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What do you need to do in the Speaking test?

Watch this conversation from Cambridge English in which Nuria, a learner of English, discusses the IELTS Speaking test from Gad Lim and Jill Cosh.
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This is Jill Cosh, who used to be a university lecturer in English, and also a teacher/trainer of English language teachers. Now, she’s a consultant to Cambridge English Language Assessment and together with Gad, they will try to answer my IELTS Speaking questions. So Jill, can you please remind me how this speaking test works? There are three parts, aren’t there? Yes, there’s three parts. And overall, the test lasts between eleven and fourteen minutes. And you will be in a room just with the examiner and the test will be recorded. And let’s start with Part 1. What happens there? In Part 1, you’ll be asked a series of questions about familiar topics, things like routines, hobbies, your likes and dislikes.
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And Part 1 lasts four to five minutes. So it’s really just to get you settled in and comfortable speaking with the examiner. Yeah, I see. So what about Part 2? Well, Part 2 is when you speak on your own. So you’ll be given a booklet, and it has a topic in it, and they’ll be some suggestions about what you might like to speak about. And you are given one minute to prepare, and you can write some notes if you want in that one minute. Yeah. And at the end of the two minutes, the examiner may ask you a follow-up question. Should I keep speaking for the two full minutes?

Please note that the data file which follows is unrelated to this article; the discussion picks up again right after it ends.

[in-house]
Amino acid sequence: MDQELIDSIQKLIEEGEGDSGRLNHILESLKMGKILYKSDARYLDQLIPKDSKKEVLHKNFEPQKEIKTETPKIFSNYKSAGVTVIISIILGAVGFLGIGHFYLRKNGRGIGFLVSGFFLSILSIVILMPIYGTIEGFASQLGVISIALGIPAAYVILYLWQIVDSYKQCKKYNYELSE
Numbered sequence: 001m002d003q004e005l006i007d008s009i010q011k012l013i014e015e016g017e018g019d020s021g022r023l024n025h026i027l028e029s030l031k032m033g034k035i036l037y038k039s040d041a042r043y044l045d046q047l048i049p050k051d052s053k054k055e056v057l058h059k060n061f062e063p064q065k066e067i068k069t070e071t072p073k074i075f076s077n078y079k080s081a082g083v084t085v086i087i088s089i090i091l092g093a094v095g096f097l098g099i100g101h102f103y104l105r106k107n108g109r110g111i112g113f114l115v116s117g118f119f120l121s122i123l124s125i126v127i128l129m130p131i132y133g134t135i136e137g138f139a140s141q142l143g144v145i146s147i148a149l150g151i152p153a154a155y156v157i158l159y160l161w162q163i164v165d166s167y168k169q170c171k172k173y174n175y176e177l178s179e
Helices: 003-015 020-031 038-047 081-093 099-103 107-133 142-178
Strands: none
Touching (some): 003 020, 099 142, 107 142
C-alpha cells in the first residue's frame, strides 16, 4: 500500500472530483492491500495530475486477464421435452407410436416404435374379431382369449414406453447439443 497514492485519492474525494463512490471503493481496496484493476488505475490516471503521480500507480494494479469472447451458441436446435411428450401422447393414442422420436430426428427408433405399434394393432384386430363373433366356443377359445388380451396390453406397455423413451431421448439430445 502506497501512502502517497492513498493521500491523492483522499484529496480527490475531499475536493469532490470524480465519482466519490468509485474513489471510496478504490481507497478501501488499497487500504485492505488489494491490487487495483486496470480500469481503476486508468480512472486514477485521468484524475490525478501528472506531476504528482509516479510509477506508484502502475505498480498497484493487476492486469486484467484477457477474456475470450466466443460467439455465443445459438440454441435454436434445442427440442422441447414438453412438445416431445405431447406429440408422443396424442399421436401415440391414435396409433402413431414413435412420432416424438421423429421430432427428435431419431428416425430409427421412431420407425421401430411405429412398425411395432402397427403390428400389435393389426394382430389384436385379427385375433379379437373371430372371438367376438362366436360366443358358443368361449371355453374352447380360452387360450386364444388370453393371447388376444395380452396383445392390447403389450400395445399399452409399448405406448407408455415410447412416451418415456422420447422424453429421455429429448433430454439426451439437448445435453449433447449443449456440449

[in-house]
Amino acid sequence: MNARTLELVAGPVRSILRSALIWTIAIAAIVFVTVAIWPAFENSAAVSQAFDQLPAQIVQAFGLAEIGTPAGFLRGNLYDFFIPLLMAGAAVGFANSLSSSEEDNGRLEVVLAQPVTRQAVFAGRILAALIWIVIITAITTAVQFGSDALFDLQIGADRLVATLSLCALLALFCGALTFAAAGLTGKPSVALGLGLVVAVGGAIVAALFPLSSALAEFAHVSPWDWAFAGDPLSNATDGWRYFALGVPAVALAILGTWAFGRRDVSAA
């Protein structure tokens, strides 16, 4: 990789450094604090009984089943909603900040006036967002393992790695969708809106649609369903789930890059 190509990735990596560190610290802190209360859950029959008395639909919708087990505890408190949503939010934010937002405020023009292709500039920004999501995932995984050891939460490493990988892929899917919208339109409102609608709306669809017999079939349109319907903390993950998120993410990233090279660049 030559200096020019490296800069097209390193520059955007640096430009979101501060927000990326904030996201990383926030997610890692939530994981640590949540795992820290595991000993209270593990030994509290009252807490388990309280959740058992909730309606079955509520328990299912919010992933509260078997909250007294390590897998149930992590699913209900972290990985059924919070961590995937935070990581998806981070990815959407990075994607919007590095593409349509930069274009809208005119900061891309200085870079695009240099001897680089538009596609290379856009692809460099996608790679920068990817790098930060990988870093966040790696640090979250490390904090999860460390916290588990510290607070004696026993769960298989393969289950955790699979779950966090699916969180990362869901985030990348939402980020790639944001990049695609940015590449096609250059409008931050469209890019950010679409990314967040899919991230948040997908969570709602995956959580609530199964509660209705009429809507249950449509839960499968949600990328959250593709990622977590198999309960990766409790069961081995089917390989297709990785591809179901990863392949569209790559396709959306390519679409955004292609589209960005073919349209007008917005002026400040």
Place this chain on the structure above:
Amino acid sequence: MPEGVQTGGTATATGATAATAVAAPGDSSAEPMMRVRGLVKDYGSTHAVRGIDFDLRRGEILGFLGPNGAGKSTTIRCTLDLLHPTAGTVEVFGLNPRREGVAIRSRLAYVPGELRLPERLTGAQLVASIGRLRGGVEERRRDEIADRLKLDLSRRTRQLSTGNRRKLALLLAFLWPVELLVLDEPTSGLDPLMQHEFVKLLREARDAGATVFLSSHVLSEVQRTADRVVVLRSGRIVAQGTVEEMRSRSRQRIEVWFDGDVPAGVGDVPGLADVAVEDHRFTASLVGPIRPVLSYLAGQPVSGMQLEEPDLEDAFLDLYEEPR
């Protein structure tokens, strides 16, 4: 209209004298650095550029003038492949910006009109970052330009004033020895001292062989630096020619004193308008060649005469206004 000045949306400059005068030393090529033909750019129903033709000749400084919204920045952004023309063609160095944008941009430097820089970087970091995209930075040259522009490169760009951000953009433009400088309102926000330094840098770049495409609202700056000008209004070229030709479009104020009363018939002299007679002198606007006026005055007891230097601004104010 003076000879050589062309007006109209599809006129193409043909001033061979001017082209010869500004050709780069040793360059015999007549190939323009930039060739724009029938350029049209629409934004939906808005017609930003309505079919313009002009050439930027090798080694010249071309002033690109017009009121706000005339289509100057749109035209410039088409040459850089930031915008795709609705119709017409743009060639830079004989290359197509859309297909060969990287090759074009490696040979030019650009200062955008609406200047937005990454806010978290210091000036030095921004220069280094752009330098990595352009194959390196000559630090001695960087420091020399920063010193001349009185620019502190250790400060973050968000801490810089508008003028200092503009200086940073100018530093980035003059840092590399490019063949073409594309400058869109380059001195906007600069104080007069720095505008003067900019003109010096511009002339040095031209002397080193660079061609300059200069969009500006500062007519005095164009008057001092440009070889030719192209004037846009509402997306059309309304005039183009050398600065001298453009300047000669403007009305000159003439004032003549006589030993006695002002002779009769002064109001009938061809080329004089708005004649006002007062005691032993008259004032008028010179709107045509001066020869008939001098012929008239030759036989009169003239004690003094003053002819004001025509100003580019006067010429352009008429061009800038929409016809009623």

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What happen if I run out of ideas of what to say? So you definitely should try to keep going as long as you can. And if you run out, don’t worry about it because the examiner will try to help you along. So just keep speaking. At some point the examiner will stop you, and that’s all right. Perfect. You might find it helpful to practise with a timer and some topics. Practise speaking for two minutes so you get an idea of the length of time. You could also practise, too, making notes, finding which notes help you to remember ideas while you’re talking. So what about Part 3? What happen there?
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In Part 3, it’s also like Part 1, about four to five minutes, but this time you’ll be answering questions of the more general nature, but on the same topic as you discussed in Part 2. All right. So that’s a good thing, right? Yes. Because you already started thinking about that particular topic, and you’re using the words from that particular topic. So you’re all set for Part 3. One thing as well I’m worried about is that, especially when I’m nervous, I might not understand what the examiner wants to ask me. And also sometimes I hesitate about what to say. What can I do if this happens?
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Well, if you’re not so sure of what the examiner asks, then you can always ask the examiner to repeat the question. And they will do that, so don’t worry about that. OK, great. You might also find it helpful to prepare some phrases just to give yourself a little time to think. You could say things like, that’s a really interesting question. I’ve never thought about that. Or let me think. Yeah, okay that’s a good thing. And it buys you some time. Yeah. Perfect. Thank you very much.
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